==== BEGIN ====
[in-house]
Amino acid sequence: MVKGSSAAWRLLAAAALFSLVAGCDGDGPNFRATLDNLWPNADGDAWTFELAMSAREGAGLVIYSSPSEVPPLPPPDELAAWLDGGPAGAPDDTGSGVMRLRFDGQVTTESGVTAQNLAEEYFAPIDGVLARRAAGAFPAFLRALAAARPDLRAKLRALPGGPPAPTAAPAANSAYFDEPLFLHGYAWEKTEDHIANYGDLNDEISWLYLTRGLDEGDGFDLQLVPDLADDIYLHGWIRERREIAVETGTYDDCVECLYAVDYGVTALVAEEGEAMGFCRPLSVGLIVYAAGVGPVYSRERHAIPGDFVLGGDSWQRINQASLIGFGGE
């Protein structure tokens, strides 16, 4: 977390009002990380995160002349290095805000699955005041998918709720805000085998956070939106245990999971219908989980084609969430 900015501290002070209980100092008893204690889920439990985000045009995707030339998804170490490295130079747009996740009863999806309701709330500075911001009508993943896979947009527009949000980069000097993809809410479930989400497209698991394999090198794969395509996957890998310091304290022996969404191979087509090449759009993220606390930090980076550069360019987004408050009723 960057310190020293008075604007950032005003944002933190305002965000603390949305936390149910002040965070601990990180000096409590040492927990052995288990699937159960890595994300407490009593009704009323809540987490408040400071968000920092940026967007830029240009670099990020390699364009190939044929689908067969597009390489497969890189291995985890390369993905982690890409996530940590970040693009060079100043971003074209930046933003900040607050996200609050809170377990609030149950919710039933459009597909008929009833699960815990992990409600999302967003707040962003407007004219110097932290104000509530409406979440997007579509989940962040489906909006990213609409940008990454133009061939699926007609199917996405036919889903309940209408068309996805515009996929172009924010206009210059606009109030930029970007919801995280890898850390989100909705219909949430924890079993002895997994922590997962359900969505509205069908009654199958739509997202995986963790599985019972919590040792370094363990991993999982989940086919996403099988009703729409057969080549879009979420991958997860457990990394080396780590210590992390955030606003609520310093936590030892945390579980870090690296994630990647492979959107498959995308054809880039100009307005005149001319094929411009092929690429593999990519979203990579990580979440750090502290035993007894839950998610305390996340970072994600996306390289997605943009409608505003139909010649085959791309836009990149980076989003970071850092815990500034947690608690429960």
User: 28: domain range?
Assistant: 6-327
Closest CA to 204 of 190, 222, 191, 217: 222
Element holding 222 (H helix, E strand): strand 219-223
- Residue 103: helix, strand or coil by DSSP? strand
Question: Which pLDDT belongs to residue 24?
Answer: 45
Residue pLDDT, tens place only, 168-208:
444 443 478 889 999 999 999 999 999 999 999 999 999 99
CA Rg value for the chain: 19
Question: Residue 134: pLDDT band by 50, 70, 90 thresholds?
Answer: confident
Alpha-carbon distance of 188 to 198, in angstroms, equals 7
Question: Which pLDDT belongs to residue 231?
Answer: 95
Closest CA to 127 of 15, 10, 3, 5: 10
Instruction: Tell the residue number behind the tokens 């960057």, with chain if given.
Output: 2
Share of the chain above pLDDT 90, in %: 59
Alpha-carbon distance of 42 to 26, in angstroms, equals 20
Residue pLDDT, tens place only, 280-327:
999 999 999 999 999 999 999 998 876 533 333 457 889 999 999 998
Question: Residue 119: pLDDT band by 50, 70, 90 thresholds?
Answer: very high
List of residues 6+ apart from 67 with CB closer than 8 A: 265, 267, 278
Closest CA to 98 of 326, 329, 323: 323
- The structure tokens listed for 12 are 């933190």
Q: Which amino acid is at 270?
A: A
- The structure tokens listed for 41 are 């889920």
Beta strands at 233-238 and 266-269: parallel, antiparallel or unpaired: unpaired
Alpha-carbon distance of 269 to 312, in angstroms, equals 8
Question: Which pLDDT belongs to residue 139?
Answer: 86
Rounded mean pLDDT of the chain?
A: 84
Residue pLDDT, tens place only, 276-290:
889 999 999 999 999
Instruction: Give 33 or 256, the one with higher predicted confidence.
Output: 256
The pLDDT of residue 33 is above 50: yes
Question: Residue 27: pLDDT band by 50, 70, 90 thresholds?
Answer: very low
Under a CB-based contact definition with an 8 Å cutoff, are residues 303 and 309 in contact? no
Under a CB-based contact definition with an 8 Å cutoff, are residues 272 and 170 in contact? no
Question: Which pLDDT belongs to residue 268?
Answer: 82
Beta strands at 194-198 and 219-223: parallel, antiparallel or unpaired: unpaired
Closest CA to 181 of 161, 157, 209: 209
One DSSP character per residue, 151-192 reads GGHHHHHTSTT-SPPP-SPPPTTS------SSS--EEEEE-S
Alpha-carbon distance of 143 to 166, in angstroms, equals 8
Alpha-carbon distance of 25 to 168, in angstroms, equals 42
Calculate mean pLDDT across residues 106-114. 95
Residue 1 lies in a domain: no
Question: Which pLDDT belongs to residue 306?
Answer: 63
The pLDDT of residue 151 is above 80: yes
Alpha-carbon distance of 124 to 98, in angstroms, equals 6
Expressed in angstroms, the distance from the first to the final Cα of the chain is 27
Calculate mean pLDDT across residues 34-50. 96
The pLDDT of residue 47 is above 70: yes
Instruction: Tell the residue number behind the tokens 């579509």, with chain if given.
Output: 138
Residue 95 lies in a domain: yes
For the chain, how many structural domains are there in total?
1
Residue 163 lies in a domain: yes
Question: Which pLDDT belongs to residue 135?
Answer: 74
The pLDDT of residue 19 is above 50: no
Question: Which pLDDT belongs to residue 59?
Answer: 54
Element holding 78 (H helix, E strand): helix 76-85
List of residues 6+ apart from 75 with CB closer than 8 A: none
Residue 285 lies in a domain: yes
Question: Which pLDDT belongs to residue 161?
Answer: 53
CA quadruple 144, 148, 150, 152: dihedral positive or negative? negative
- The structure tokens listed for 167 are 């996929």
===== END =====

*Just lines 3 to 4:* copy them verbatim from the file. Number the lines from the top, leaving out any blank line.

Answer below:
């Protein structure tokens, strides 16, 4: 977390009002990380995160002349290095805000699955005041998918709720805000085998956070939106245990999971219908989980084609969430 900015501290002070209980100092008893204690889920439990985000045009995707030339998804170490490295130079747009996740009863999806309701709330500075911001009508993943896979947009527009949000980069000097993809809410479930989400497209698991394999090198794969395509996957890998310091304290022996969404191979087509090449759009993220606390930090980076550069360019987004408050009723 960057310190020293008075604007950032005003944002933190305002965000603390949305936390149910002040965070601990990180000096409590040492927990052995288990699937159960890595994300407490009593009704009323809540987490408040400071968000920092940026967007830029240009670099990020390699364009190939044929689908067969597009390489497969890189291995985890390369993905982690890409996530940590970040693009060079100043971003074209930046933003900040607050996200609050809170377990609030149950919710039933459009597909008929009833699960815990992990409600999302967003707040962003407007004219110097932290104000509530409406979440997007579509989940962040489906909006990213609409940008990454133009061939699926007609199917996405036919889903309940209408068309996805515009996929172009924010206009210059606009109030930029970007919801995280890898850390989100909705219909949430924890079993002895997994922590997962359900969505509205069908009654199958739509997202995986963790599985019972919590040792370094363990991993999982989940086919996403099988009703729409057969080549879009979420991958997860457990990394080396780590210590992390955030606003609520310093936590030892945390579980870090690296994630990647492979959107498959995308054809880039100009307005005149001319094929411009092929690429593999990519979203990579990580979440750090502290035993007894839950998610305390996340970072994600996306390289997605943009409608505003139909010649085959791309836009990149980076989003970071850092815990500034947690608690429960």
User: 28: domain range?